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Can anyone tell me why when I add the order_by() the query that gets output changes from a INNER JOIN to an LEFT OUTER JOIN?

Is there any way to preserve the INNER JOIN-ness?

data = models.RetailSalesFact.objects.values('customer_key__customer_state', 
                                             'date_key__calendar_month_name')
data = data.filter(date_key__calendar_year=year)
data = data.annotate(sales=Sum('sales_quantity'))
data = data.order_by('date_key__calendar_month_name')

Before:

SELECT Customer_Dimension.Customer_State, Date_Dimension.Calendar_Month_Name,
       SUM(Retail_Sales_Fact.Sales_Quantity) AS sales 
    FROM Retail_Sales_Fact  
    INNER JOIN Customer_Dimension 
        ON (Retail_Sales_Fact.Customer_Key = Customer_Dimension.Customer_Key) 
    INNER JOIN Date_Dimension 
        ON (Retail_Sales_Fact.Date_Key = Date_Dimension.Date_Key) 
    WHERE Date_Dimension.Calendar_Year = ?  
    GROUP BY Customer_Dimension.Customer_State, 
             Date_Dimension.Calendar_Month_Name 
    ORDER BY Date_Dimension.Calendar_Month_Name ASC

After:

SELECT Customer_Dimension.Customer_State, Date_Dimension.Calendar_Month_Name, 
       SUM(Retail_Sales_Fact.Sales_Quantity) AS sales 
    FROM Retail_Sales_Fact 
    INNER JOIN Customer_Dimension 
        ON (Retail_Sales_Fact.Customer_Key = Customer_Dimension.Customer_Key) 
    LEFT OUTER JOIN Date_Dimension 
        ON (Retail_Sales_Fact.Date_Key = Date_Dimension.Date_Key)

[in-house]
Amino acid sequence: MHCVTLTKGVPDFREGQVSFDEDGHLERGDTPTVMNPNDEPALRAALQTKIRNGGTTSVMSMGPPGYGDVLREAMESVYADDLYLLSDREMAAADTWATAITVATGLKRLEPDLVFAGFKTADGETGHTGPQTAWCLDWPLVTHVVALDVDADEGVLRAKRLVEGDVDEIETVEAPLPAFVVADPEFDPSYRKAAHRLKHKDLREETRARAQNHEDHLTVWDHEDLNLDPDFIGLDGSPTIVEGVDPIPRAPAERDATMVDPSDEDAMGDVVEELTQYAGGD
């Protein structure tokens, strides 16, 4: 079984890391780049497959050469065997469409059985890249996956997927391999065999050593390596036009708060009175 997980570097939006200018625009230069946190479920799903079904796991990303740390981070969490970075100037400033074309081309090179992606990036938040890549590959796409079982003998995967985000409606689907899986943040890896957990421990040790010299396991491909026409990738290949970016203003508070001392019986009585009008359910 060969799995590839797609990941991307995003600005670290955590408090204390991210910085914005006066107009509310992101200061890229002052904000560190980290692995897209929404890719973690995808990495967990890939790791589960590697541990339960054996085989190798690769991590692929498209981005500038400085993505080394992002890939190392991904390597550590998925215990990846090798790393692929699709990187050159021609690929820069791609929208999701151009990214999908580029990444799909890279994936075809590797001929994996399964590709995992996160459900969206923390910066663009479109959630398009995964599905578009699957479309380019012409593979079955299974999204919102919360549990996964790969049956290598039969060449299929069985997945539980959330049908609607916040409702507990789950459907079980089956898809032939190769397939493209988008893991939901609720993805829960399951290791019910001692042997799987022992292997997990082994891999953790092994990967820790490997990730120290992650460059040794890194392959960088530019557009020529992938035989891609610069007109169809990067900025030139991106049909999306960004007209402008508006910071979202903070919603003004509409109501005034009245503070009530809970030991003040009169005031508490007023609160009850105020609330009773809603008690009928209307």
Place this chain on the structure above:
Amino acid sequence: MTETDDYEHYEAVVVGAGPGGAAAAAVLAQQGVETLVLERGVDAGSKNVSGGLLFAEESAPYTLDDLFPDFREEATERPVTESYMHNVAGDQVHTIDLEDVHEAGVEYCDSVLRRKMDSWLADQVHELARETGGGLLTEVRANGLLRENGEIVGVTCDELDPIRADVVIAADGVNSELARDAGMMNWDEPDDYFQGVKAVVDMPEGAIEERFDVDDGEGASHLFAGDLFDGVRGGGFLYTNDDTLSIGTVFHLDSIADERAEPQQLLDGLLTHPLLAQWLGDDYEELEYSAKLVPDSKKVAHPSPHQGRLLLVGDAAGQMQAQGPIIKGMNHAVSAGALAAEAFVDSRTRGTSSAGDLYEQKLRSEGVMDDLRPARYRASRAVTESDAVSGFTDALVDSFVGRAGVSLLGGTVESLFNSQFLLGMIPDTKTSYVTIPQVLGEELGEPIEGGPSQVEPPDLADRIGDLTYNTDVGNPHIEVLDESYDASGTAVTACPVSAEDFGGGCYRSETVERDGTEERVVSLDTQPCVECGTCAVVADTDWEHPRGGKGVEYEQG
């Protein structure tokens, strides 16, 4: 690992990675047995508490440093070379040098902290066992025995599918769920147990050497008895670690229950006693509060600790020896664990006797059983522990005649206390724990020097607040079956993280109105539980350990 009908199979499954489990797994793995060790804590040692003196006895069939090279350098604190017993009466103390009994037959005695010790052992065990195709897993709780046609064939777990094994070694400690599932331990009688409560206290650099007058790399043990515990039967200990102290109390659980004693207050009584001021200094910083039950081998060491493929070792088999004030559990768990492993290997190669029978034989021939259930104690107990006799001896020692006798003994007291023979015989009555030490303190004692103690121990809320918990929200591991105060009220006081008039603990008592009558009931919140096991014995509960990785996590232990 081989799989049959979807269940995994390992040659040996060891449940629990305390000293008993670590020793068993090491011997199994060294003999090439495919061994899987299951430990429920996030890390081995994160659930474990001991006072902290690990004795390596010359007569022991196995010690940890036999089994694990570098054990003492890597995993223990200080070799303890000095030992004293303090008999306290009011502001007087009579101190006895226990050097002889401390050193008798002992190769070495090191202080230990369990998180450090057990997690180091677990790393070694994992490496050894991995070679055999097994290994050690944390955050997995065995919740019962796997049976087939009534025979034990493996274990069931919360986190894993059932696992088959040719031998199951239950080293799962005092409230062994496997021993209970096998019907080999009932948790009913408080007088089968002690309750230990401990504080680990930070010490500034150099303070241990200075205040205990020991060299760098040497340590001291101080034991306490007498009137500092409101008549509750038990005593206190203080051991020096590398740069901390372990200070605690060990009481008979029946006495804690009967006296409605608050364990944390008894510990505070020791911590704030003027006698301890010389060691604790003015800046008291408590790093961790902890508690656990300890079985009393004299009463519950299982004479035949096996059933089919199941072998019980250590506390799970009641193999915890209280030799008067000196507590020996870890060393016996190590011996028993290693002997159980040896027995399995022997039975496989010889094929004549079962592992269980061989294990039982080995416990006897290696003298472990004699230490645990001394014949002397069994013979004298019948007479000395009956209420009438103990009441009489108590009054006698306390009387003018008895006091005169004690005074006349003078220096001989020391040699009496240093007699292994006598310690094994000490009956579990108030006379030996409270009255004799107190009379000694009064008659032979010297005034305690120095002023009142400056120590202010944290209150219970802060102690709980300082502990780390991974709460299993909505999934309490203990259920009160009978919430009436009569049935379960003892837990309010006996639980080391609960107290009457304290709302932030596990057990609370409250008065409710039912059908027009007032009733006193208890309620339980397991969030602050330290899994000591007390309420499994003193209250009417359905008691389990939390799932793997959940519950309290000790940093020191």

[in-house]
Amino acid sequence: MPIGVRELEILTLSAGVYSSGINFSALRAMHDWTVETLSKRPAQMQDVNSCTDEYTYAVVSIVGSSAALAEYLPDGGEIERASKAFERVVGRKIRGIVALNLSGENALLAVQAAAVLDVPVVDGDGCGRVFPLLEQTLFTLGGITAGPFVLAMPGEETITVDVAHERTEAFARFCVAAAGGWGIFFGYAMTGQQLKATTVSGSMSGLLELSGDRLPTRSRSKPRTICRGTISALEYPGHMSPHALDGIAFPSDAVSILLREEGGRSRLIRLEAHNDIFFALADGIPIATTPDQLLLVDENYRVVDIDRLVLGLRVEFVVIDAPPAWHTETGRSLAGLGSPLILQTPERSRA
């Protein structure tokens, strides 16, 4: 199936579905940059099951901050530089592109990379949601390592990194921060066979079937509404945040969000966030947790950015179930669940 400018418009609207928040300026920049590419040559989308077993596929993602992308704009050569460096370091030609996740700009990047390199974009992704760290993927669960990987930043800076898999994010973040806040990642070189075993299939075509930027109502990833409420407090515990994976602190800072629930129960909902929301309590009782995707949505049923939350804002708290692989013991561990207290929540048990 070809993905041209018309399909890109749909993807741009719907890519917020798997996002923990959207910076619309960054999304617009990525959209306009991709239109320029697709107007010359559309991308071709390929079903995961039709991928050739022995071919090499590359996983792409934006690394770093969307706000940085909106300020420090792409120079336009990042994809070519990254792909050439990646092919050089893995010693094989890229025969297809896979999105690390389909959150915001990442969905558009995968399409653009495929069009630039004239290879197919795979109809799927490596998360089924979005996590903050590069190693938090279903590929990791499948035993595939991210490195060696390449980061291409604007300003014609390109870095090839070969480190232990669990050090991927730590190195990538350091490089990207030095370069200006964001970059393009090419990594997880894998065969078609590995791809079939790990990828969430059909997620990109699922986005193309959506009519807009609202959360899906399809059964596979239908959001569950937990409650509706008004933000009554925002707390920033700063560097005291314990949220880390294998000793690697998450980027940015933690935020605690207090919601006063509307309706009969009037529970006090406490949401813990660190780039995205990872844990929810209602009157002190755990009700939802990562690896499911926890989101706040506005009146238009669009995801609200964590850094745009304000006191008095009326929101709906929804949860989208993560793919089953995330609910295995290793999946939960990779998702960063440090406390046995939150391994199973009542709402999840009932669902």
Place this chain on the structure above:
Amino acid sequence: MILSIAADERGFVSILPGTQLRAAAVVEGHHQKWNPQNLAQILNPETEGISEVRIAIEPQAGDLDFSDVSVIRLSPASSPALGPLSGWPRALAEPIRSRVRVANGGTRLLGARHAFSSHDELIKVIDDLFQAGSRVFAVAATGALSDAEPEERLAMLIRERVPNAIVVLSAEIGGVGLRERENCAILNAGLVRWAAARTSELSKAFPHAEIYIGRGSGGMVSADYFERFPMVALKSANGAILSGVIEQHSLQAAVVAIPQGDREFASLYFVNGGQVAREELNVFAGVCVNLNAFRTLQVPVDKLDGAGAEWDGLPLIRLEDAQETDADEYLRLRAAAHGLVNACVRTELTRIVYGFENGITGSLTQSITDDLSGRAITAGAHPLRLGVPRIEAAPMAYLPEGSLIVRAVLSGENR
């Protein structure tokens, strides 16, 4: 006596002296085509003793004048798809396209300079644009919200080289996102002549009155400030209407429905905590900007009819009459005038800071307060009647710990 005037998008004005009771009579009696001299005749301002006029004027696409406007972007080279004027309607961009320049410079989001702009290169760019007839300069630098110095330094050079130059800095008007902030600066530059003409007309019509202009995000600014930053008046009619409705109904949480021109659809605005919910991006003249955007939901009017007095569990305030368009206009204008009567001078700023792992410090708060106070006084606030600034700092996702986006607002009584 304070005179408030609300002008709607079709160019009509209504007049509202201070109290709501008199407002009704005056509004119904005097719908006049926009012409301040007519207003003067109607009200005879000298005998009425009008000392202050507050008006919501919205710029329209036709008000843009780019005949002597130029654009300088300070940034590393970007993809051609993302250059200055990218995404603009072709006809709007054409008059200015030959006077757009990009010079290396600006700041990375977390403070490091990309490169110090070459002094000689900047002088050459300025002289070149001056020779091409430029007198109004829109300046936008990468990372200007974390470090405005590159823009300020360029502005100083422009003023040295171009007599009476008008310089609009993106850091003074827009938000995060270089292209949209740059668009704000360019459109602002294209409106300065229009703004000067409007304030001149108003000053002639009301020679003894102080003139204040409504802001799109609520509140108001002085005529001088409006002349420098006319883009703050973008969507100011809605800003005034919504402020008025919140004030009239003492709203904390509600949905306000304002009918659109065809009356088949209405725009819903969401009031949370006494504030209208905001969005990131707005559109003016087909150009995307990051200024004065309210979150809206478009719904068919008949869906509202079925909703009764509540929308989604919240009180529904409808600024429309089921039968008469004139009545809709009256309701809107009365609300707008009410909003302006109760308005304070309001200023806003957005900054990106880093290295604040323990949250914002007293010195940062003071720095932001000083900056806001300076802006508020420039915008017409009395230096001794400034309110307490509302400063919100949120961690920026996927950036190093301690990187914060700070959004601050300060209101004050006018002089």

WHERE Date_Dimension.Calendar_Year = ?  
    GROUP BY Customer_Dimension.Customer_State, 
             Date_Dimension.Calendar_Month_Name 
    ORDER BY Date_Dimension.Calendar_Month_Name ASC
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Answer updated... –  FallenAngel May 11 '11 at 6:50

2 Answers 2

I'd guess the ORM is doing a LEFT JOIN because it can't tell if the INNER JOIN's where restriction is more or less restrictive than the ordering clause. Since it thinks it needs to order every record, regardless of whether it matches or not.

You can force an INNER JOIN by using Raw SQL. Or maybe you can fool the ORM by applying the order_by before the filter?

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You're putting a filter on the outer table (date_dimension__calendar_year=year), so there will be no difference between the result set, whether you use an inner join or a left outer join.

The order-by is processed on an intermediate result-set -- if done on the inner-joined tables, then it has to be done after the tables are combined -- which means read one: combine records; read two: order the combined records.

But if the order-by is done on only the outer-joined table, which in this case is all you're asking for, then your query optimizer may be able be able to avoid reading the entire set twice, and instead, only read the outer table twice. Your optimizer might recognize this as a savings in terms of processing power.

It's just a guess. Your result set should turn-out the same either way. I wonder if you could time it both ways, and see which one takes longer.

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1  
the result set is the same, but the time between an INNER JOIN and a LEFT JOIN is quite significant. It's probably not going to hurt anything on relatively small datasets, but it has a big impact as the tables fill up. –  Al W Jul 6 '11 at 16:09
    
So inner-join + order-by takes less time than left-outer-join + order-by? I thought you were originally comparing inner-join (with no order-by). –  宮本 武蔵 Jul 6 '11 at 18:46
    
Try re-ordering your Group-by statement. Your dataset is actually being sorted twice -- first by Group-by, and then subsequently by order-by. Can you get the result you want by changing group-by to this: GROUP BY Date_Dimension.Calendar_Month_Name, Customer_Dimension.Customer_State, and then getting rid of the order-by clause? –  宮本 武蔵 Jul 6 '11 at 18:48

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